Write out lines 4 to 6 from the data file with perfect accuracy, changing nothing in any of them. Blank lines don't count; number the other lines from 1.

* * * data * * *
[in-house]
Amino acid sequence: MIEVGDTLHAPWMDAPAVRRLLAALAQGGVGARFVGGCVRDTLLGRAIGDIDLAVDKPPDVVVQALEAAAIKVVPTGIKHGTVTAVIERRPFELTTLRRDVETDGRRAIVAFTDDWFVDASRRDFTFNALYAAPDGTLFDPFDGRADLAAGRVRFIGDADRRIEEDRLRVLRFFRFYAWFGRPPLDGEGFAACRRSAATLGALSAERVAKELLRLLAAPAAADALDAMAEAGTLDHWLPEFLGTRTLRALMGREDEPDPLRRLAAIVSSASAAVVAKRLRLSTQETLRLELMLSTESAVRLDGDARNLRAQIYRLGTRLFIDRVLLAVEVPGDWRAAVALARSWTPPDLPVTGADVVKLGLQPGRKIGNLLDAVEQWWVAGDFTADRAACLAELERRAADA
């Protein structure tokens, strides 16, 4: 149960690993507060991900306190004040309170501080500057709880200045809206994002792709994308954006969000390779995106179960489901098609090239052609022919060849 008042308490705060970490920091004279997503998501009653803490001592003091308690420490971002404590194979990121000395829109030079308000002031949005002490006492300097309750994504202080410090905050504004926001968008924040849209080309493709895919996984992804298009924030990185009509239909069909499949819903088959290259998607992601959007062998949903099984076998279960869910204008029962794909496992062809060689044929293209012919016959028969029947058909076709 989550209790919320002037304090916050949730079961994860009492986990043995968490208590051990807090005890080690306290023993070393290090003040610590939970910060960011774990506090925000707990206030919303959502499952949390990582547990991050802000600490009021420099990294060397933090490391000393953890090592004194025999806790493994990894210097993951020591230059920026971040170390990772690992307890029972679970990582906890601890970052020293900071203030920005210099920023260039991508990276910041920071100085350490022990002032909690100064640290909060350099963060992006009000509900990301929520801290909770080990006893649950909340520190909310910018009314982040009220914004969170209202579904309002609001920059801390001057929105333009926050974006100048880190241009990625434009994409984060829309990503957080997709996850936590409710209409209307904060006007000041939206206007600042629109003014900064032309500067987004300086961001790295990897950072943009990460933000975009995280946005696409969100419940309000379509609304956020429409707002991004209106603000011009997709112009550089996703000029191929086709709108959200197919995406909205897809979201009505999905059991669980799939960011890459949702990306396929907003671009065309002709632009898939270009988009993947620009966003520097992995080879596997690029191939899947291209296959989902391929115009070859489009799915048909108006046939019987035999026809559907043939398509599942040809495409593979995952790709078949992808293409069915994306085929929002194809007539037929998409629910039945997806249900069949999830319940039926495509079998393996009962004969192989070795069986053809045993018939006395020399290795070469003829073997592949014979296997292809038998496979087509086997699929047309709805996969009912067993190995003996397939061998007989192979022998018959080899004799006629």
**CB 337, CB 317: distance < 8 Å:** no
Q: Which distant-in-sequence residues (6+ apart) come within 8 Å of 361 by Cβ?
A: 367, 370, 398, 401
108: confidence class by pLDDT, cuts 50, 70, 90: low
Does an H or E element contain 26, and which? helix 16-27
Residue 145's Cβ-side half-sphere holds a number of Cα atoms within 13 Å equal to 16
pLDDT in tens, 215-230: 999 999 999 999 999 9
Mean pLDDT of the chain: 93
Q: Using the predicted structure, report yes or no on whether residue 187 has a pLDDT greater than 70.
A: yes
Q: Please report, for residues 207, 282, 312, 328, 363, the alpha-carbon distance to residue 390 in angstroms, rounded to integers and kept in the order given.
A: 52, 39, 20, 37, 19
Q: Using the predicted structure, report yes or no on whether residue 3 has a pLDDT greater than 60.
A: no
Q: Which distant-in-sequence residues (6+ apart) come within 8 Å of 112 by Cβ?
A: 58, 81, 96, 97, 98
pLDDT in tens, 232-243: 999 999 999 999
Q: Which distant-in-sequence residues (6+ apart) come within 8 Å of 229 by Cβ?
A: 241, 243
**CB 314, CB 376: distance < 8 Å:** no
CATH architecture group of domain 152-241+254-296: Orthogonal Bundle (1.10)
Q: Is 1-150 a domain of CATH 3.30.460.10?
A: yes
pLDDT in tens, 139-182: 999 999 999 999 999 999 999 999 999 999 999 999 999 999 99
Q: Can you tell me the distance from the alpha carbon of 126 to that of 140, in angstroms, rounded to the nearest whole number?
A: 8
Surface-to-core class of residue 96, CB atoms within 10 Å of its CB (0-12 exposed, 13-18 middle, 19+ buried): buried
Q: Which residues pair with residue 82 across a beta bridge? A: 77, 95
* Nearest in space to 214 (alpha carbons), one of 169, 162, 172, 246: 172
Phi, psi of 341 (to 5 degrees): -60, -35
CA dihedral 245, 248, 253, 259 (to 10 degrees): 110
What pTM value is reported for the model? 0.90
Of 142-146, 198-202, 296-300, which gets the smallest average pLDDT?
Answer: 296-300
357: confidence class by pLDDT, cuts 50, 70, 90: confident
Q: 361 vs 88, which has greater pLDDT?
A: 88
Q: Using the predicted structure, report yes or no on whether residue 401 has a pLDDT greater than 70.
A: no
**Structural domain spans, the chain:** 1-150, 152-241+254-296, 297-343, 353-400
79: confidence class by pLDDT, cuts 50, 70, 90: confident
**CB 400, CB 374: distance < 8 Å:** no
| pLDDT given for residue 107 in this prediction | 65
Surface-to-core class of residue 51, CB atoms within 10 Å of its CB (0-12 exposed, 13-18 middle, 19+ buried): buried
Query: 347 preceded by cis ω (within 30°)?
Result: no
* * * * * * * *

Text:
**CB 337, CB 317: distance < 8 Å:** no
Q: Which distant-in-sequence residues (6+ apart) come within 8 Å of 361 by Cβ?
A: 367, 370, 398, 401